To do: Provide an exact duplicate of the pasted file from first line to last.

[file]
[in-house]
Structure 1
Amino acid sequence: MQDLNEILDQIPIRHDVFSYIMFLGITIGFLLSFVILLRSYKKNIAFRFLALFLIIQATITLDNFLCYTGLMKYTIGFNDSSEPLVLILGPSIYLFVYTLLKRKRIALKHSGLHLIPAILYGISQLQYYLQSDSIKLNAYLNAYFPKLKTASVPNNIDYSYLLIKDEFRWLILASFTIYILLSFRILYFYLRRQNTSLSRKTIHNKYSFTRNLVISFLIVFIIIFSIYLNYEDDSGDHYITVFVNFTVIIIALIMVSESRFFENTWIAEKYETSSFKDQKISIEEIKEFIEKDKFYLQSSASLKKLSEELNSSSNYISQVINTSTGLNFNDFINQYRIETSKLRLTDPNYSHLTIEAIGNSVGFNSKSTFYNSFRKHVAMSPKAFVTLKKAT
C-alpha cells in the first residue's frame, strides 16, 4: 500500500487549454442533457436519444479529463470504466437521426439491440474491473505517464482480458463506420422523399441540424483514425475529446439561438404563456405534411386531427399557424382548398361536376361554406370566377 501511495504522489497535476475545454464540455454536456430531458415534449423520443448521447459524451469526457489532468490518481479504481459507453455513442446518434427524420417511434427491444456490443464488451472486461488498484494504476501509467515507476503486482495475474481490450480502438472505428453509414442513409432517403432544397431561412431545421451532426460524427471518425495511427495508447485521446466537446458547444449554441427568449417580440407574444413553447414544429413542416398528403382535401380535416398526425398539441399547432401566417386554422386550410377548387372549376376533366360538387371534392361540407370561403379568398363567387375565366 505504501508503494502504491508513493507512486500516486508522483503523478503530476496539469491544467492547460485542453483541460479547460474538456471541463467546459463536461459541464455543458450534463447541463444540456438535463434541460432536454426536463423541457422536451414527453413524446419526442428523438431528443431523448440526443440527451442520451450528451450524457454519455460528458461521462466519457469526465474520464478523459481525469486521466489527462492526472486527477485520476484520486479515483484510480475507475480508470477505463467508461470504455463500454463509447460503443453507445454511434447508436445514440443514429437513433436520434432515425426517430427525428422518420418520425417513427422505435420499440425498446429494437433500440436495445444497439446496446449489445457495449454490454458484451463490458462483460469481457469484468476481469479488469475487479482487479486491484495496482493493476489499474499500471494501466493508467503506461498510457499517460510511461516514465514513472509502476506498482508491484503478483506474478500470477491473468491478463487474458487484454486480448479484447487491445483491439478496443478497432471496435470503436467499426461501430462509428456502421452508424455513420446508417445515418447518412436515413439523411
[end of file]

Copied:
[in-house]
Structure 1
Amino acid sequence: MQDLNEILDQIPIRHDVFSYIMFLGITIGFLLSFVILLRSYKKNIAFRFLALFLIIQATITLDNFLCYTGLMKYTIGFNDSSEPLVLILGPSIYLFVYTLLKRKRIALKHSGLHLIPAILYGISQLQYYLQSDSIKLNAYLNAYFPKLKTASVPNNIDYSYLLIKDEFRWLILASFTIYILLSFRILYFYLRRQNTSLSRKTIHNKYSFTRNLVISFLIVFIIIFSIYLNYEDDSGDHYITVFVNFTVIIIALIMVSESRFFENTWIAEKYETSSFKDQKISIEEIKEFIEKDKFYLQSSASLKKLSEELNSSSNYISQVINTSTGLNFNDFINQYRIETSKLRLTDPNYSHLTIEAIGNSVGFNSKSTFYNSFRKHVAMSPKAFVTLKKAT
C-alpha cells in the first residue's frame, strides 16, 4: 500500500487549454442533457436519444479529463470504466437521426439491440474491473505517464482480458463506420422523399441540424483514425475529446439561438404563456405534411386531427399557424382548398361536376361554406370566377 501511495504522489497535476475545454464540455454536456430531458415534449423520443448521447459524451469526457489532468490518481479504481459507453455513442446518434427524420417511434427491444456490443464488451472486461488498484494504476501509467515507476503486482495475474481490450480502438472505428453509414442513409432517403432544397431561412431545421451532426460524427471518425495511427495508447485521446466537446458547444449554441427568449417580440407574444413553447414544429413542416398528403382535401380535416398526425398539441399547432401566417386554422386550410377548387372549376376533366360538387371534392361540407370561403379568398363567387375565366 505504501508503494502504491508513493507512486500516486508522483503523478503530476496539469491544467492547460485542453483541460479547460474538456471541463467546459463536461459541464455543458450534463447541463444540456438535463434541460432536454426536463423541457422536451414527453413524446419526442428523438431528443431523448440526443440527451442520451450528451450524457454519455460528458461521462466519457469526465474520464478523459481525469486521466489527462492526472486527477485520476484520486479515483484510480475507475480508470477505463467508461470504455463500454463509447460503443453507445454511434447508436445514440443514429437513433436520434432515425426517430427525428422518420418520425417513427422505435420499440425498446429494437433500440436495445444497439446496446449489445457495449454490454458484451463490458462483460469481457469484468476481469479488469475487479482487479486491484495496482493493476489499474499500471494501466493508467503506461498510457499517460510511461516514465514513472509502476506498482508491484503478483506474478500470477491473468491478463487474458487484454486480448479484447487491445483491439478496443478497432471496435470503436467499426461501430462509428456502421452508424455513420446508417445515418447518412436515413439523411